Form to Calculate a Patient's Predictor Index
for Health-Related Facility Care

The information below is needed in order to calculate the estimated time to nursing home care and death in individuals with Alzheimer disease. Below the form is an explanation of each item in the form. You can also click on each item name in order to go directly to an explanation.

EPS (extrapyramidal signs):   Absent   Present

Psychotic symptoms:   Absent    Present

Age at onset:   Normal   Young (<65 y)

mMMSE (modified Mini-Mental State Examination):
(or use Standard MMSE, see explanation below*):

Duration of illness (Estimated years):  

Gender:   Female     Male

Current age:


Predictors

In order to make predictions, we need specific information about the patient. Most doctors who examine patients with Alzheimer's disease typically acquire this information.

Duration of illness. Duration of illness is usually estimated based on an interview of the patient and informants. The informants try to date the onset of clinical features of the disease such as memory, performance and language changes. Based on this information, the clinician estimates when the disease began.

Age at onset. For prediction purposes, the age of the patient at the onset of dementia is characterized as young, under age 65; or old, age 65 or later.

Extrapyramidal signs. The presence or absence of extrapyramidal signs can only be determined by a trained individual, typically a neurologist.

For prediction purposes, patients are considered to have extrapyramidal signs if at least one of the following signs rated are rated mild-moderate in severity according to the Unified Parkinson's Disease Rating Scale: hypophonia, masked faces, resting tremor, rigidity (neck and each limb), brady/hypokinesia, and posture or gait abnormalities. (For guidelines on rating each sign, press here). Our analyses focussed on non-drug induced extrapyramidal signs. Patients whose extrapyramidal signs are drug induced were not included in our analyses and should not be evaluated with our technique.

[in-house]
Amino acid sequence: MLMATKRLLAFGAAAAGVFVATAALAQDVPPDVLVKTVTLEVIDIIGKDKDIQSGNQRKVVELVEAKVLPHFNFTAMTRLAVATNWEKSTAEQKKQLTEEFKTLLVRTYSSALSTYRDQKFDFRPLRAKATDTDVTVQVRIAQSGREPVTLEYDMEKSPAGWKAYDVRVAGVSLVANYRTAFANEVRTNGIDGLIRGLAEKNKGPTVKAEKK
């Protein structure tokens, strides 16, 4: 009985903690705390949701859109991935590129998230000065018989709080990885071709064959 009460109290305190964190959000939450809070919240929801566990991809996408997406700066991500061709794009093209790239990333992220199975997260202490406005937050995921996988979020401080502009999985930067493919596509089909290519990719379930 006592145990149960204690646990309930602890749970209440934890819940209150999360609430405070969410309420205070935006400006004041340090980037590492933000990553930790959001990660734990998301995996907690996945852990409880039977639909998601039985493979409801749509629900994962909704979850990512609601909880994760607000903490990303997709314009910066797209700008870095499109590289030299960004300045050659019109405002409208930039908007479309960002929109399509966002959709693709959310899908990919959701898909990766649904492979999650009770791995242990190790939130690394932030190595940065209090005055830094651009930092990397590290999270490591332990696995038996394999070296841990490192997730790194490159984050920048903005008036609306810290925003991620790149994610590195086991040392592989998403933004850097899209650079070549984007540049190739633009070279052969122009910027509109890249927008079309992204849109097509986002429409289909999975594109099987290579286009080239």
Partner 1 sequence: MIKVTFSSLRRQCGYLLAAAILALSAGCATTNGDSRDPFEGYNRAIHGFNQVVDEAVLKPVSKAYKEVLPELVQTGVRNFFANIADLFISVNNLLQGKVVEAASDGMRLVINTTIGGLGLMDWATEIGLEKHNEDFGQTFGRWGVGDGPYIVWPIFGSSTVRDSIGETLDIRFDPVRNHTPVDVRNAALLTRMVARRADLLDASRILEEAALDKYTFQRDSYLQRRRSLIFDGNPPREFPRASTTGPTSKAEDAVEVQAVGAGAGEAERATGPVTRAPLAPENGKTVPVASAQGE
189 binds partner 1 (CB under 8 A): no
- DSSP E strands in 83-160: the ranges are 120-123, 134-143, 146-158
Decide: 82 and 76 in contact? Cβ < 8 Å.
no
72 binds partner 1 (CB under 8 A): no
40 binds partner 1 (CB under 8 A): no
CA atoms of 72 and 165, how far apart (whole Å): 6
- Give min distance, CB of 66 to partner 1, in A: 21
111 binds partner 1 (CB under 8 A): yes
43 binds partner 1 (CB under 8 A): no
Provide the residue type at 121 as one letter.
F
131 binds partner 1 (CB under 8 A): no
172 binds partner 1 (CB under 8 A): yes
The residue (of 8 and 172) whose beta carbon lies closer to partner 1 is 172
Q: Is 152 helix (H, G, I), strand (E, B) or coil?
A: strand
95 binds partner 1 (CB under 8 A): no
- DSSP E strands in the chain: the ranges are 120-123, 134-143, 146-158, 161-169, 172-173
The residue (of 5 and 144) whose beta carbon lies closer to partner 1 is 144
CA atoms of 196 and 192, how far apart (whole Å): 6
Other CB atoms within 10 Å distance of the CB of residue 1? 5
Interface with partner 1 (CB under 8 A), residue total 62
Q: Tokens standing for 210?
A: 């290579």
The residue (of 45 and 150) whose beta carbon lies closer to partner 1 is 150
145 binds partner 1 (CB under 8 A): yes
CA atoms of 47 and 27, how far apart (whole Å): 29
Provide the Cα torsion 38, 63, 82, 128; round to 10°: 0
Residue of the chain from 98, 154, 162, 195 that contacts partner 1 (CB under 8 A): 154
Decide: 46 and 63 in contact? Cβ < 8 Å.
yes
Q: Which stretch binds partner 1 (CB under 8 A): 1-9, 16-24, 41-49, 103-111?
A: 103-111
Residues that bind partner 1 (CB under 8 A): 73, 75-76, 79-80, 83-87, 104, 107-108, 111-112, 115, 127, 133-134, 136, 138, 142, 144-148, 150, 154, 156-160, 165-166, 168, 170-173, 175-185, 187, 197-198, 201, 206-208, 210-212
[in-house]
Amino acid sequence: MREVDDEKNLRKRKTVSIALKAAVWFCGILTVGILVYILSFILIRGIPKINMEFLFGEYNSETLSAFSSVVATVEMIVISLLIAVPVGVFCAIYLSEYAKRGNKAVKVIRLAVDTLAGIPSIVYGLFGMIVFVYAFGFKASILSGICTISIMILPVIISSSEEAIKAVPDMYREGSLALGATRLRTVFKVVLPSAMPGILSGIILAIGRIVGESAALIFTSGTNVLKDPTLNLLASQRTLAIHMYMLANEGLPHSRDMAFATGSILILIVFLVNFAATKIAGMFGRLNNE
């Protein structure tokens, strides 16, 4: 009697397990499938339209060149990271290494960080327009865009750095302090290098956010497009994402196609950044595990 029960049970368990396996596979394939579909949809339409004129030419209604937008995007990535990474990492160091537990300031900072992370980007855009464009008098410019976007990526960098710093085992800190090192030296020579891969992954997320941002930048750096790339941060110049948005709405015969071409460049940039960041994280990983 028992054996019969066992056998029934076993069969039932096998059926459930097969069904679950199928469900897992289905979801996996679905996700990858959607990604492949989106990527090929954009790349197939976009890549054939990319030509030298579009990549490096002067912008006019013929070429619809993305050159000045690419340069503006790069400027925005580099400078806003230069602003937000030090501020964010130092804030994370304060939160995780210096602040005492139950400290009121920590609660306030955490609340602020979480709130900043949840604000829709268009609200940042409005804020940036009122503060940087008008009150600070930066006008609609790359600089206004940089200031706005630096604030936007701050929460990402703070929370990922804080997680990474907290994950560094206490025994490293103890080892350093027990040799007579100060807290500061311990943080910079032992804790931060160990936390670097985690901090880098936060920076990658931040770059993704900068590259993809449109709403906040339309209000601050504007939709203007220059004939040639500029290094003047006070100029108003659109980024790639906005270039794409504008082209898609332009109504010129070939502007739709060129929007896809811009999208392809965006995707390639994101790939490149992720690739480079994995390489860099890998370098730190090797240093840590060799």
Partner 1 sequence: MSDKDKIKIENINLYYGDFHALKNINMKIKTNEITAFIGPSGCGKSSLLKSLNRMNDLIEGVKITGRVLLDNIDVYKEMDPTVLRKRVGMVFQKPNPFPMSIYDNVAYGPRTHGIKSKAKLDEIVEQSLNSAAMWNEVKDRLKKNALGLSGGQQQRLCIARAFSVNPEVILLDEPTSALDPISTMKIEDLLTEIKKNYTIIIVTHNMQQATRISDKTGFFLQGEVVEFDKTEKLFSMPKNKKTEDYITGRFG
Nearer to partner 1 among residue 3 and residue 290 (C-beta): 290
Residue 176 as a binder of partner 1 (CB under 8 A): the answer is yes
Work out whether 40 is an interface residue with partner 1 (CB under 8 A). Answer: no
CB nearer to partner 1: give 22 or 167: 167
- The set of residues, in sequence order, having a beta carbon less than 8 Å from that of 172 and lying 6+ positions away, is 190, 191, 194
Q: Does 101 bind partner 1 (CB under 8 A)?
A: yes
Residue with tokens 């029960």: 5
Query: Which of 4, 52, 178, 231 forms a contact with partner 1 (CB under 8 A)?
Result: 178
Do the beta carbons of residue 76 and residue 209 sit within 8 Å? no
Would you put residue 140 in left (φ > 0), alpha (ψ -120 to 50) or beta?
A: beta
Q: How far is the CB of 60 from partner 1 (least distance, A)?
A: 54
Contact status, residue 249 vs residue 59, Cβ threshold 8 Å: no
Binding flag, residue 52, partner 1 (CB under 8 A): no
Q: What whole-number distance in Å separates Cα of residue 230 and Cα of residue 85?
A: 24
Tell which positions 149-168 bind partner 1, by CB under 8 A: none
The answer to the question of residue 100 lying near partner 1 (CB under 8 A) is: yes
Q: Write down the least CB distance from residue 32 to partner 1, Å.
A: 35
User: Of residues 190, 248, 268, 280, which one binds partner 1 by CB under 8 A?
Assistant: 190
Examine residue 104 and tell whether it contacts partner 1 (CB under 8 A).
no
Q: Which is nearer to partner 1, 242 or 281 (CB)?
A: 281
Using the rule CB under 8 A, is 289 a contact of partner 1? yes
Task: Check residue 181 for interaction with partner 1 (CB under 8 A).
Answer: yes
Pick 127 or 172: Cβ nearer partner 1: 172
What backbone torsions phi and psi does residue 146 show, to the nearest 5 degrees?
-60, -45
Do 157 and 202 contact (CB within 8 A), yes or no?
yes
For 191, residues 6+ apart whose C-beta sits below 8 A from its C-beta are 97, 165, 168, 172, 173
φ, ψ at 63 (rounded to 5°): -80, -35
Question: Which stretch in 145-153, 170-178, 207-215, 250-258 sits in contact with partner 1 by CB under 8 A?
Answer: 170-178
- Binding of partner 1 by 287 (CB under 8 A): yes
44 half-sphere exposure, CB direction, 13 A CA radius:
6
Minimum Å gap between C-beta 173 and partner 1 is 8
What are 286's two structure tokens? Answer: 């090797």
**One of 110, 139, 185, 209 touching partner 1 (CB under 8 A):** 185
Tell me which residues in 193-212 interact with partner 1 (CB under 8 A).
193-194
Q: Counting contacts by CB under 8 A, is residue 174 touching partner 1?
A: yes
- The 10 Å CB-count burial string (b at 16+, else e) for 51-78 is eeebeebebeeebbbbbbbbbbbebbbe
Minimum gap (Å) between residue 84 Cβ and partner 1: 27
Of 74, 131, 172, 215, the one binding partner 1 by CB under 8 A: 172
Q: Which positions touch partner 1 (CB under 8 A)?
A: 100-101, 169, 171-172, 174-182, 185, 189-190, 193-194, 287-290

Psychotic Symptoms. Patients with delusions or hallucinations are rated as having psychosis. Specific delusions queried included paranoid delusions, delusions of abandonment, somatic delusions and misidentifications. We used a semi-structured interview, the Columbia University Scale for Psychopathology in Alzheimer's Disease (CUSPAD) to elicit this information, but any careful clinical interview is sufficient.

Mental Status Test Score. The score from one of two mental status tests is needed: 1) The Folstein Mini-Mental State Examination, widely used test with a maximum score of 30, OR 2) our modification of this test, the modified Mini-Mental State Examination, with a maximum score of 57.

*The calculation is based upon the modified Mini-Mental State Examination. If you wish to use the standard MMSE, we will make the conversion for you to the modified MMSE.


This work is a product of the Predictors Study. This study, now in its eighth year, is specifically designed to investigate the natural history of Alzheimer's disease, in order to develop predictor models for use in the management of the disease. To that end we have been following over 230 patients with Alzheimer's disease every 6 months since the start of the study. The study is directed by Yaakov Stern, PhD at Columbia University College of Physicians and Surgeons in New York. Investigators at two other institutions collaborate: Marilyn Albert, PhD at Massachusetts General Hospital and Harvard Medical School in Boston, and Jason Brandt, PhD at Johns Hopkins University School of Medicine in Baltimore.

This study is supported by the National Intitute of Aging (RO1-AG07370). It is housed in the G.H. Sergievsky Center and the Taub Institute for Research on Alzheimer's and the Aging Brain at the Columbia University Medical Center University, New York, NY.

For comments, suggestions or questions, write to:
Yaakov Stern, PhD
Columbia University College of Physicians & Surgeons
630 West 168 Street
New York, NY 10032
Or send email to predictors at sergievsky.cpmc.columbia.edu

Web page maintained by Gary Wilson (gew3 at columbia.edu)   Last updated 10/11/2011